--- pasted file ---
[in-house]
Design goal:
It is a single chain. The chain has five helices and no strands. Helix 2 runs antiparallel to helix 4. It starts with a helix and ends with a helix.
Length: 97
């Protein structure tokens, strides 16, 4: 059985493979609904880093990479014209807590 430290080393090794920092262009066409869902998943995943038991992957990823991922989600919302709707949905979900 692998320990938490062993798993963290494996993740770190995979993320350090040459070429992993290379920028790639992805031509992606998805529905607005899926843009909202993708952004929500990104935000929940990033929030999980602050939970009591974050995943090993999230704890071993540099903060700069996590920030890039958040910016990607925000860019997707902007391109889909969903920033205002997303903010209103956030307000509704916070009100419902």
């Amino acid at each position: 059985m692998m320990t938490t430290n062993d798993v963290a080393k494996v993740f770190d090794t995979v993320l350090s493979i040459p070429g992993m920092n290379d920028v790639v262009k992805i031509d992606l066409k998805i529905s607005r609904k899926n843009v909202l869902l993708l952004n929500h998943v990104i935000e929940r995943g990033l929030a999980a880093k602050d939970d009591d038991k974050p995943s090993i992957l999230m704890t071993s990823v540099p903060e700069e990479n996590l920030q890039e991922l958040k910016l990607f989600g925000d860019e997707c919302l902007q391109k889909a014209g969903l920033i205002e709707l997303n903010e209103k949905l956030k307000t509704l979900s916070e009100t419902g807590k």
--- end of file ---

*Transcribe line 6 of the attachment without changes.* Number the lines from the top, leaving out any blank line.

């Amino acid at each position: 059985m692998m320990t938490t430290n062993d798993v963290a080393k494996v993740f770190d090794t995979v993320l350090s493979i040459p070429g992993m920092n290379d920028v790639v262009k992805i031509d992606l066409k998805i529905s607005r609904k899926n843009v909202l869902l993708l952004n929500h998943v990104i935000e929940r995943g990033l929030a999980a880093k602050d939970d009591d038991k974050p995943s090993i992957l999230m704890t071993s990823v540099p903060e700069e990479n996590l920030q890039e991922l958040k910016l990607f989600g925000d860019e997707c919302l902007q391109k889909a014209g969903l920033i205002e709707l997303n903010e209103k949905l956030k307000t509704l979900s916070e009100t419902g807590k």